Independent US media, and in this case referring to those outlets that are specifically progressive, desire the introduction of the ‘Medicare for All’ system in the United States. This is one of the main focal points of outlets such as Secular Talk, The Humanist Report, Jamarl Thomas, etc. In some cases they will invoke the UK National Health Service as an example of what they desire in the US.
The reason why they mention the UK healthcare system is obvious. Founded in 1948 by the Clement Attlee Labour Government, it has overall been a stunning success and one of the best healthcare systems in the world. It is not surprising that American independent journalists are green with envy over the quality and free nature1 of Britain’s healthcare. The NHS is, of course, massively superior to the disaster that is the American healthcare system. However when independent media outlets refer to the NHS, they usually invoke it only as an example that America could copy without taking into account both the historical context of its founding and the recent changes within the NHS that have seen it become increasingly privatised2. This article will only focus on the British case, but there are analogues with other countries as the rise and decline of social democracy has parallels in all western countries.
The NHS was founded in 1948 by Clement Attlee’s Labour government. The roots of the post-1945 welfare state, in conventional narratives, refer specifically to the Beveridge Report of 1943 as being an important spur to its creation. We do have to ask the critical question as to why at this particular junction in time this policy was implemented.
The creation of the NHS did not just happen because there happened to be a Labour government in power. Labour also formed a government in 1929 under Ramsay MacDonald but that government did not try any major reforms to help the working class. As noted in Richard Seymour’s book Corbyn:
Such nugatory reforms as [the MacDonald government] did offer included improvements to housing and welfare provision, and some tax cuts paid for by a budget surplus – including cutting taxes on corporate profits.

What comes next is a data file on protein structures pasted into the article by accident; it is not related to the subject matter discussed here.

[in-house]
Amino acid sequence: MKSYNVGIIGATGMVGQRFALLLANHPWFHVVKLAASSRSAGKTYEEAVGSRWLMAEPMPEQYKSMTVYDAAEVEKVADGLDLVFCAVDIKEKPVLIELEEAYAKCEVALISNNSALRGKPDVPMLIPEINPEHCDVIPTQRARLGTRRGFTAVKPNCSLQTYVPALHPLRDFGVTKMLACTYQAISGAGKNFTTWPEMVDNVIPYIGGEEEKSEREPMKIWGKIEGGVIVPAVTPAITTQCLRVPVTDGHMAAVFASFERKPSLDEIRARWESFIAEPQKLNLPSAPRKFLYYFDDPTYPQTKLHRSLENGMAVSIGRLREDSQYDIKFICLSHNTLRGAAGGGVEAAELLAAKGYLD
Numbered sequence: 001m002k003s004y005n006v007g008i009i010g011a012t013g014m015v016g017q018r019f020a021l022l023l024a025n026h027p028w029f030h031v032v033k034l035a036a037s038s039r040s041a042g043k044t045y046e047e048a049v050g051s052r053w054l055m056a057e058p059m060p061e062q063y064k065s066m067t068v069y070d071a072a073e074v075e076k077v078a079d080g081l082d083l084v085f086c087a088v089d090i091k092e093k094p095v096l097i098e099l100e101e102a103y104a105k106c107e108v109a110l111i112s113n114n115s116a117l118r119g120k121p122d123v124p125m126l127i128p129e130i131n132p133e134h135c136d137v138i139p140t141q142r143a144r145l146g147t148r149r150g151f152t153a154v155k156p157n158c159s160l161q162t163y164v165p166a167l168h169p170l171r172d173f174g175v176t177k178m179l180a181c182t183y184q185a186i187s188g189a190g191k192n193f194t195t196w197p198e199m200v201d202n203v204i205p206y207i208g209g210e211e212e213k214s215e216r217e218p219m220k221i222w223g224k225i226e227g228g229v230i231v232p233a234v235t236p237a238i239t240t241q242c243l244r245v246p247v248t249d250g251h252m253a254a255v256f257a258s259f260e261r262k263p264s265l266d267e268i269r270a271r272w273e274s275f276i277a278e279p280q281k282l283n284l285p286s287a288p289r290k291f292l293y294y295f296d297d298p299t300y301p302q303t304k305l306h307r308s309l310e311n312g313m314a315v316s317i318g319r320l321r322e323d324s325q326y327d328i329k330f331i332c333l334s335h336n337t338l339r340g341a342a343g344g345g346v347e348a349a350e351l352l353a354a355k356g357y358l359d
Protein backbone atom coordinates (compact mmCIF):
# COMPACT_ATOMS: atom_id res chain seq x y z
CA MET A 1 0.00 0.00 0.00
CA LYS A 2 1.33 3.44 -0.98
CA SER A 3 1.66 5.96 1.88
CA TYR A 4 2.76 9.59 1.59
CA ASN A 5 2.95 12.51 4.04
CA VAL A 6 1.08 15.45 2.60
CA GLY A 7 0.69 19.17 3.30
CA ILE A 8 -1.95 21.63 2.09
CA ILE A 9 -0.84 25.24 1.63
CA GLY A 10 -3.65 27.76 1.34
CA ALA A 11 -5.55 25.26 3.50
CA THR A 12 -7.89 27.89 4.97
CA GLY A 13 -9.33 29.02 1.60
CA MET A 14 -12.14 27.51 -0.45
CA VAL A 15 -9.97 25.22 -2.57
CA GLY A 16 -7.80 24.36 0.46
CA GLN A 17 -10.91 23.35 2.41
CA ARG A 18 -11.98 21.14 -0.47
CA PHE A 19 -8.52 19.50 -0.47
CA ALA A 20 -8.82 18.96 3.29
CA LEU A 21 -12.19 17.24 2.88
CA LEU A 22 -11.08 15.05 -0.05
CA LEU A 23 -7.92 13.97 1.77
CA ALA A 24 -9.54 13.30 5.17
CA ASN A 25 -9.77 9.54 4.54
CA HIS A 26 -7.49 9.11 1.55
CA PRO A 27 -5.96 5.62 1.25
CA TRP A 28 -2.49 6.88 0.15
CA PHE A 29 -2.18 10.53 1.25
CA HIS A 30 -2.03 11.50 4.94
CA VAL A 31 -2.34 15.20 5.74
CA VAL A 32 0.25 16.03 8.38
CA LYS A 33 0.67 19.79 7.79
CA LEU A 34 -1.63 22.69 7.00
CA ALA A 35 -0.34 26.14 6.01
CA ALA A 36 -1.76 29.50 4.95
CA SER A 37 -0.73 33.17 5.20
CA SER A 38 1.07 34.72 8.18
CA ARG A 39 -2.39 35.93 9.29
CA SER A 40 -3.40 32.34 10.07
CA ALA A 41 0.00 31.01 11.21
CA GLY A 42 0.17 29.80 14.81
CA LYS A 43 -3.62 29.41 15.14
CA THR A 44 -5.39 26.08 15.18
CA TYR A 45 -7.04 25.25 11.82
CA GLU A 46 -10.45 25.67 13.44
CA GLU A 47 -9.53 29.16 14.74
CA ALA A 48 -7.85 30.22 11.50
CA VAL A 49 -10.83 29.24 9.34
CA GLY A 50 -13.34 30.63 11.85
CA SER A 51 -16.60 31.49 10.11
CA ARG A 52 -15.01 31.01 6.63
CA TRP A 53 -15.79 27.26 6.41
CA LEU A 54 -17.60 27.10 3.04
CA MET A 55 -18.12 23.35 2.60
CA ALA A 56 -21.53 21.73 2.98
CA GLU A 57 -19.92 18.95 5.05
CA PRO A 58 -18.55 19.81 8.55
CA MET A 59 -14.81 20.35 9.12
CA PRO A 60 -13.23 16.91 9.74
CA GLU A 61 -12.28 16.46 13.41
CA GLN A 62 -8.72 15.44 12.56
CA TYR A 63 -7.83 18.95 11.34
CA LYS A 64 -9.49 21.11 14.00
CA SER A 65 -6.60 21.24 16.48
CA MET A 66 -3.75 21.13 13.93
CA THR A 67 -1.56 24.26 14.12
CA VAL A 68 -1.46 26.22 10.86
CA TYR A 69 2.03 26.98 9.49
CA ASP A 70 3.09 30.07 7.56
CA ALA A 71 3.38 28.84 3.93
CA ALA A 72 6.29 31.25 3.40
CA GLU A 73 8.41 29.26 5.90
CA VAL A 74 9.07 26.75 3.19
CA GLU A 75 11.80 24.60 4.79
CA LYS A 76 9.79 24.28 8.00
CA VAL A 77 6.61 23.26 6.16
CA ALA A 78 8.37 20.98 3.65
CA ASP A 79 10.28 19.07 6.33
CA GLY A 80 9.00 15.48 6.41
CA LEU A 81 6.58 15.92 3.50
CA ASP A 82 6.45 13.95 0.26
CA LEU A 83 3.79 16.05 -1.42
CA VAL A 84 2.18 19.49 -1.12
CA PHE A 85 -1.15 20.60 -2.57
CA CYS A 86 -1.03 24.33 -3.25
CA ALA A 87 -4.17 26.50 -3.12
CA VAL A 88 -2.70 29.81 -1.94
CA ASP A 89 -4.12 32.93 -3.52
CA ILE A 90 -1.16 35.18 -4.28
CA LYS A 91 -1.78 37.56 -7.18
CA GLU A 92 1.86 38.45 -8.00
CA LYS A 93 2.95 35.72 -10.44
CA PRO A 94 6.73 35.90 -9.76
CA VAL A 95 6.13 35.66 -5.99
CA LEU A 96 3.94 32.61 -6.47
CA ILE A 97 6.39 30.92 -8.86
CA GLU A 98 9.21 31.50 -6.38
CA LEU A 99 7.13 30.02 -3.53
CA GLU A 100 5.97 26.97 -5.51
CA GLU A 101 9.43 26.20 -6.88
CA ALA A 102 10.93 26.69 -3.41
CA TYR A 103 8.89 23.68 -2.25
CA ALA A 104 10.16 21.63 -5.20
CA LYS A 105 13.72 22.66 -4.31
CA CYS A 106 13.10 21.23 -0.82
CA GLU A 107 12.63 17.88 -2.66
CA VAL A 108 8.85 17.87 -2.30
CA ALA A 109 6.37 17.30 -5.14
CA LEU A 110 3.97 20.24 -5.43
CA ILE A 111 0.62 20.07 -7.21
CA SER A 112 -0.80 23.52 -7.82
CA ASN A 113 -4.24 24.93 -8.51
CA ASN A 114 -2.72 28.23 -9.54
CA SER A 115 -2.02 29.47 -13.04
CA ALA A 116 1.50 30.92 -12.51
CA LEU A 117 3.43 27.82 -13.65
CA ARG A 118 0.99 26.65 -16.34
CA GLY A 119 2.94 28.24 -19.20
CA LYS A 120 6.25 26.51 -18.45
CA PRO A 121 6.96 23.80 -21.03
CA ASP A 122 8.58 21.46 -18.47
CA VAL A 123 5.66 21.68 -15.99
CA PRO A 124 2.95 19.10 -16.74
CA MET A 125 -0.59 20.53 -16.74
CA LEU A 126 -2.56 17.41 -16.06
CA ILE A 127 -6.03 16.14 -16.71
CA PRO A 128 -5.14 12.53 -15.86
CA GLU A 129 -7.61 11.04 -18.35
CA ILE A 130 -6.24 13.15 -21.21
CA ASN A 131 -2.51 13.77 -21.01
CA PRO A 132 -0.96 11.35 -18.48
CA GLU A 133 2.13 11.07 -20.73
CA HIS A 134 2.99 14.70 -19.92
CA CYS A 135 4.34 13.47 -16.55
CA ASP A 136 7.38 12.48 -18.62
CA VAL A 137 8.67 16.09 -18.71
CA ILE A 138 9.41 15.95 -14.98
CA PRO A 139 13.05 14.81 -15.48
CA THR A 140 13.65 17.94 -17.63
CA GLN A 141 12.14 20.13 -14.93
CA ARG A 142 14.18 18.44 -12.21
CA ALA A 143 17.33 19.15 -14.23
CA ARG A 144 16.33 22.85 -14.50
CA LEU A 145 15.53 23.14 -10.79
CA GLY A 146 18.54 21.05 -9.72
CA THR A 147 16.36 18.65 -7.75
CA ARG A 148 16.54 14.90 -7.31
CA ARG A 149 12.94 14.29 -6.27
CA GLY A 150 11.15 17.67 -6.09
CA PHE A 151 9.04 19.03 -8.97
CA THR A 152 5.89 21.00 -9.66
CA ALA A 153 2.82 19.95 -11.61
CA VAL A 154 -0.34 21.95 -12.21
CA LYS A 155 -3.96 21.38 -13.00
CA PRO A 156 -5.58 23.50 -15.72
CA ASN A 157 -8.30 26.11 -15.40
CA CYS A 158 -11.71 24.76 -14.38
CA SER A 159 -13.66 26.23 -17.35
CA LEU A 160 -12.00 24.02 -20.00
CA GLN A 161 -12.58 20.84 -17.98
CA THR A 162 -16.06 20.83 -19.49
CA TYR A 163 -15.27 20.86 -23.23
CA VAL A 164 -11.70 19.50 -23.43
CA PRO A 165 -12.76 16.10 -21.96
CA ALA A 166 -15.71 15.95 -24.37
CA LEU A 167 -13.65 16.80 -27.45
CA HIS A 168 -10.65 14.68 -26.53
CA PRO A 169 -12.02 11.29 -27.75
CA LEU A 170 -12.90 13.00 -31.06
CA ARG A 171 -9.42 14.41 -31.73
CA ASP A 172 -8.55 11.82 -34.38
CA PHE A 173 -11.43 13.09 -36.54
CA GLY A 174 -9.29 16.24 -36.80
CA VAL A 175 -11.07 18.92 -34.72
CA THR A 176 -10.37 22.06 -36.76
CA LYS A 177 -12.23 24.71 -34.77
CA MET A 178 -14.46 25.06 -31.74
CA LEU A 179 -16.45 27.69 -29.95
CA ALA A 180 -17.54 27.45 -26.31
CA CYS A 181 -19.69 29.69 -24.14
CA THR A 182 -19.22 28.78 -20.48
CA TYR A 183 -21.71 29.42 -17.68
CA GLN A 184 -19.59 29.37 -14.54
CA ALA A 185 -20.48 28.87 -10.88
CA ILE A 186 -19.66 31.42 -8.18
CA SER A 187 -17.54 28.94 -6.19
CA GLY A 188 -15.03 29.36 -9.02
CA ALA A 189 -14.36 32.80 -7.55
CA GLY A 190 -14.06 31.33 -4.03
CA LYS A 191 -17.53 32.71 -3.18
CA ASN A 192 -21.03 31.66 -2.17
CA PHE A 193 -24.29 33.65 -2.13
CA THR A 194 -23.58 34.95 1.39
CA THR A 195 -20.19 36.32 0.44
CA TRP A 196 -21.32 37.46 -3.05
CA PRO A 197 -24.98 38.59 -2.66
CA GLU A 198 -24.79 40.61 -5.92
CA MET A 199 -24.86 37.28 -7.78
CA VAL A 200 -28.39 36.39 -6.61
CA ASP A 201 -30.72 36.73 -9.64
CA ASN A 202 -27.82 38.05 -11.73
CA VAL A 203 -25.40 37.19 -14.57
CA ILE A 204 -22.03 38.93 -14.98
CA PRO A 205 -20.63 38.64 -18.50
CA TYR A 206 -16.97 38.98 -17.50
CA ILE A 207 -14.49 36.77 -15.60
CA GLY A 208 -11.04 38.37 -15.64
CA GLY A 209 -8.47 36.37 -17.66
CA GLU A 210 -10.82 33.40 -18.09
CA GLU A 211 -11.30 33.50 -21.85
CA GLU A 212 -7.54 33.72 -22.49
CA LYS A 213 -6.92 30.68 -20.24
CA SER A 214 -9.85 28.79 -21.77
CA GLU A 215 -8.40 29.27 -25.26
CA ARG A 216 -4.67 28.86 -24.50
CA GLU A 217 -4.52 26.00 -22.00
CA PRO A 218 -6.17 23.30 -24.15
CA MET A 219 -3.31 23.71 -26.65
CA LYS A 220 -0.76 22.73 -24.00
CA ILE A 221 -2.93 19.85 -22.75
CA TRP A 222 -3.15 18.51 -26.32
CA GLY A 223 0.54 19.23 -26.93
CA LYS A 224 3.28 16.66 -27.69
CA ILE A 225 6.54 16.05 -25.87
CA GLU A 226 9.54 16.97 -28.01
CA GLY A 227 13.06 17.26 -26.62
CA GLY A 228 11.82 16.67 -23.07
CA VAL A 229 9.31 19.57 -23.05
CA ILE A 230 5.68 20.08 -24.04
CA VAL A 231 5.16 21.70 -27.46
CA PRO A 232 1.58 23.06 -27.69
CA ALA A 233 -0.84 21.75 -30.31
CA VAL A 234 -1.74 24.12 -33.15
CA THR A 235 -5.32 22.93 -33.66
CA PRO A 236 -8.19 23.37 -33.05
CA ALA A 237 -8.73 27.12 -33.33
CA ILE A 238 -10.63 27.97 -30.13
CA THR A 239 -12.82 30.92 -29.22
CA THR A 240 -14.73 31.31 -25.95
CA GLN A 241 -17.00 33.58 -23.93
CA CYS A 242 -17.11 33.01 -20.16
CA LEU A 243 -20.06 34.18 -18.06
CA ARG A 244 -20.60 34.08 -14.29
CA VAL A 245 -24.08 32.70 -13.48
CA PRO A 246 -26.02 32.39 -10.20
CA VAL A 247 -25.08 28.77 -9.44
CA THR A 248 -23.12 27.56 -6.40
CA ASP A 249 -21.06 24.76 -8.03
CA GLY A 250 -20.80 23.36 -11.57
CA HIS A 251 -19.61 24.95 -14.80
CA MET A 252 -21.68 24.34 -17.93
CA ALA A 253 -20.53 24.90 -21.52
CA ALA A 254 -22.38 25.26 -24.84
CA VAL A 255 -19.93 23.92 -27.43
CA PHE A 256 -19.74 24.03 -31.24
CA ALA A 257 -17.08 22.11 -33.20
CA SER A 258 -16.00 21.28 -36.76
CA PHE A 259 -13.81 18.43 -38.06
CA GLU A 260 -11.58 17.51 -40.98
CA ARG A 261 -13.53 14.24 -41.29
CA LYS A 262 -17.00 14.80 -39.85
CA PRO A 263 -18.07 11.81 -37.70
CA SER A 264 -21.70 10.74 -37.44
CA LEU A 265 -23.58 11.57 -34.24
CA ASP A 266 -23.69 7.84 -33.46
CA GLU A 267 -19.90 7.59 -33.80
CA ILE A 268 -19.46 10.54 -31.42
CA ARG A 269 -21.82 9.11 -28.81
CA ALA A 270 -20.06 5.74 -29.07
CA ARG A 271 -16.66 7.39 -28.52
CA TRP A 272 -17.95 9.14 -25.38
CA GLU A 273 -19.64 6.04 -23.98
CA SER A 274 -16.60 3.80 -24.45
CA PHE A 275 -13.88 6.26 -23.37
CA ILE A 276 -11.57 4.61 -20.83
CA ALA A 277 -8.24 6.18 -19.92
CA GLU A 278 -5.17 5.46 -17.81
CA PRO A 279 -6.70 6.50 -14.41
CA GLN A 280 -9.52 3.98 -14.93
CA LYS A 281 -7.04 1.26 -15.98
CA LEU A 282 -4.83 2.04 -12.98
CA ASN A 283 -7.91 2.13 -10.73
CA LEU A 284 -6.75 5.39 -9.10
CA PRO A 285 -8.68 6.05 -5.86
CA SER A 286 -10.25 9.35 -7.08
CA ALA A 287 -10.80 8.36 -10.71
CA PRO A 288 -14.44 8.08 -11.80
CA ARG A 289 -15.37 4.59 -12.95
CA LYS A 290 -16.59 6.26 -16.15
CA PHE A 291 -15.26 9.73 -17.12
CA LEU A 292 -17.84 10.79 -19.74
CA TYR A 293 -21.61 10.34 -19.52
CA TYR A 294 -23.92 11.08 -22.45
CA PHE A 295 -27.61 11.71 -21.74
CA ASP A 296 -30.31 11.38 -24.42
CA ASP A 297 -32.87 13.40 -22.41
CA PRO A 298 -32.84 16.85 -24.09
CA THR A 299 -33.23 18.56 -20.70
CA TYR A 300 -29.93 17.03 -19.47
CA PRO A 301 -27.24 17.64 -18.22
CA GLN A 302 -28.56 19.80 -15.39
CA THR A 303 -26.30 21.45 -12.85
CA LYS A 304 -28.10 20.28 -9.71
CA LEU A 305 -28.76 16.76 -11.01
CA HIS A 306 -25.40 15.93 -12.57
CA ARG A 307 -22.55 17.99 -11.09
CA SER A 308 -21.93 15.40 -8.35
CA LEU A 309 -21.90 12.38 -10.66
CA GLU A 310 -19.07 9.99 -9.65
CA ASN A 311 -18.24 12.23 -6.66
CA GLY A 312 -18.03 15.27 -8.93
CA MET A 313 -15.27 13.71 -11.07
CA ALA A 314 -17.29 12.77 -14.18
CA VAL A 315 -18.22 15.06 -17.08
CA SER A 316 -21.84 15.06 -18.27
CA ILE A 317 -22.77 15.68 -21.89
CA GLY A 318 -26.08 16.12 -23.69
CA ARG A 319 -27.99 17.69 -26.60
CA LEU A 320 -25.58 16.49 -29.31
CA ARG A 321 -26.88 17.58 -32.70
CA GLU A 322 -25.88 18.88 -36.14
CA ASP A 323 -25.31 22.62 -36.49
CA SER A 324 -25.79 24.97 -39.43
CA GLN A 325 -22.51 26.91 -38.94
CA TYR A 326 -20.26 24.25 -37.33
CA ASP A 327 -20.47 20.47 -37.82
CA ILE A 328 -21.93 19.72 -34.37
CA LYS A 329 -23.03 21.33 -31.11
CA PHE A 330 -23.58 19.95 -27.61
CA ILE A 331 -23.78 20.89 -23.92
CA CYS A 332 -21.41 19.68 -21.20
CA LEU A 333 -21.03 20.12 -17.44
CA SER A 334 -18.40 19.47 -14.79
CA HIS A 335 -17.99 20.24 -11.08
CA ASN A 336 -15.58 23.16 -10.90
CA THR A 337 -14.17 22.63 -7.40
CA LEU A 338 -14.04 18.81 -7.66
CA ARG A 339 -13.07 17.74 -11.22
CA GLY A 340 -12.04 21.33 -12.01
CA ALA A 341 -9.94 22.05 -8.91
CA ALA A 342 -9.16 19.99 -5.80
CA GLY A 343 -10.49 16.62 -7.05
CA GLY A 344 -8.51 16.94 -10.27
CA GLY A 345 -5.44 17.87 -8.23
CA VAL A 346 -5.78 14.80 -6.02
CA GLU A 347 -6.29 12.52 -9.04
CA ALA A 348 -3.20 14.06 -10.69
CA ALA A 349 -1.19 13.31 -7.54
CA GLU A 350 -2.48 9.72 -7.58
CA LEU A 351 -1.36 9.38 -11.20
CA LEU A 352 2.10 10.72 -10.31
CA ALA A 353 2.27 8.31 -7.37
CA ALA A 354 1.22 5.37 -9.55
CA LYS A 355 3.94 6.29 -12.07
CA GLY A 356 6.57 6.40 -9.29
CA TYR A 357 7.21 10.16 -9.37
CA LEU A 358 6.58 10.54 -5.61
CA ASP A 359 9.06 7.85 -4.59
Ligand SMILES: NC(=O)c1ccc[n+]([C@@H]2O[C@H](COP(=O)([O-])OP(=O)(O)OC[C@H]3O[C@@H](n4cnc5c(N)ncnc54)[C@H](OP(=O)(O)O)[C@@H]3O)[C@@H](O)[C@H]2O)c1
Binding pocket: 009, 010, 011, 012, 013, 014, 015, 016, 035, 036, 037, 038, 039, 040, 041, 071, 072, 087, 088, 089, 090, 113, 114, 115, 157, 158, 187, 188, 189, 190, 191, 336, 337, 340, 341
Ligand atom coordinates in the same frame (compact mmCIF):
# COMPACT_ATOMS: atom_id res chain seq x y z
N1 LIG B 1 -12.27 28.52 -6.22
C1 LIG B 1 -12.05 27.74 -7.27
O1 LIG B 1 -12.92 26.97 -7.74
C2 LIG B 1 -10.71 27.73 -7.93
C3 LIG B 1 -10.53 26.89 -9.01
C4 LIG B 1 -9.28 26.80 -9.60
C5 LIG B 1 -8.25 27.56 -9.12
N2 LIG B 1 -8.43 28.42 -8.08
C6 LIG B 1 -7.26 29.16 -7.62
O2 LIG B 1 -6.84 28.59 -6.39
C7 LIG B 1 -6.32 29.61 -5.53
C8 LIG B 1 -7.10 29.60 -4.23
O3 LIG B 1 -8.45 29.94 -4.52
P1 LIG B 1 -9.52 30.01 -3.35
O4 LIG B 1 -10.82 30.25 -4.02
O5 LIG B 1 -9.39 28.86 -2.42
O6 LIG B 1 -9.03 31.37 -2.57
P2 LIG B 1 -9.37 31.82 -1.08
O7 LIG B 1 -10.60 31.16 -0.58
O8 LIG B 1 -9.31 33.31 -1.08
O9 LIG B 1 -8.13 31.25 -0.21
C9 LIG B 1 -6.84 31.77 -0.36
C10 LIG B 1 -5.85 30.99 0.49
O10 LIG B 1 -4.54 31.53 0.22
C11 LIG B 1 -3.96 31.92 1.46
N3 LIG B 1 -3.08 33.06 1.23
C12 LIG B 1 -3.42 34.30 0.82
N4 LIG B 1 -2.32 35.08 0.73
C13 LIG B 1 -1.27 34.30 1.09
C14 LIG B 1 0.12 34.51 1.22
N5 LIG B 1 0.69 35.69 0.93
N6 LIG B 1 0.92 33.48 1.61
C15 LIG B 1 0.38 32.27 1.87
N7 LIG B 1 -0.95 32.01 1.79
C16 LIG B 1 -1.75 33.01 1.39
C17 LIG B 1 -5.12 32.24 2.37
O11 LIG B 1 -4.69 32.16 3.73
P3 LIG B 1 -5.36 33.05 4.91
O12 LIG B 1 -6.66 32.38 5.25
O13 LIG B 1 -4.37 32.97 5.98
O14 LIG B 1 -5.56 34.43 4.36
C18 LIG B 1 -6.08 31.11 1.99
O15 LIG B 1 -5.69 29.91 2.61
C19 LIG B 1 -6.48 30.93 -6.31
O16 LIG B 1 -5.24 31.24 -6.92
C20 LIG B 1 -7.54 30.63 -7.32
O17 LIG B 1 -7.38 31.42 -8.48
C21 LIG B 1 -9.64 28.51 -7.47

Richard Seymour, Corbyn, Verso, p. 99.
These kinds of reforms are similar to those of the Liberal government of 1906, which introduced old age pensions and national insurance, but without being a radical or working class government.
So why did it happen?
The factor that gets most underestimated in the creation of the Western welfare state, is in my opinion, the existence of a socialist alternative in the Soviet Union. The Russian Revolution of 1917 had led to the creation of a socialist government which was able to build systems that provided healthcare and education for its citizens. The Soviet Union had emerged from World War Two in very bad shape due to the devastating effects of the Nazi assault, but it had also gained tremendous prestige due to its role in smashing the fascist machine. While the capitalist system had endured the devastating effects of the great depression the Soviet Union’s industrial output was increasing and it was industrialising rapidly, one of the key factors in the Soviet victory over the fascists. Workers in the capitalist countries in the 1930s had had a terrible time due to high levels of unemployment. These factors had the potential to increase the attraction of the Soviet model – and if Western workers remained in the poor conditions they had been living in in the 1930’s there was always the possibility they might start listening to the ‘communist propaganda’.
A second factor was the fact that World War Two had been so incredibly destructive that the rebuilding of Western countries provided opportunities for growth. The world rate of profit was higher during the social democratic era than it would be later:
Here is a broader graph showing a longer period of history:
As we can see the higher profitability alone cannot explain the introduction of a welfare state, since profitability was also high during other periods in history. But it did ensure that it was possible for the capitalist class to make some concessions to stave off a more radical approach.
It is also worth noting the areas in which the Attlee administration did not challenge the power structure. It did decolonise in some countries where it was necessary, but it tried to maintain empire in at least some countries. Britain – that was clearly losing any sort of ‘great power’ status that it maintained after WWI – also integrated into the imperialist US bloc of countries under Labour. This article discusses Labour’s foreign policy in the Attlee era:
In October 1944 Labour had supported British intervention against the popular forces of the Greek Communist resistance, ELAS, in favour of the pro-monarchist right wing Voulgaris government. […] The Greek action was designed to head off threats to Britain’s interests in the Middle East, since, in an early version of the domino theory, it was assumed that the fall of Greece would cut the empire in half and allow the USSR to fill the vacuum with consequences which would reverberate around the eastern Mediterranean and beyond. The imperialist requirements of oil, export markets and trade routes outweighed any consideration of the degree of popular support for the resistance which had rapidly established its control over the majority of Greek territory.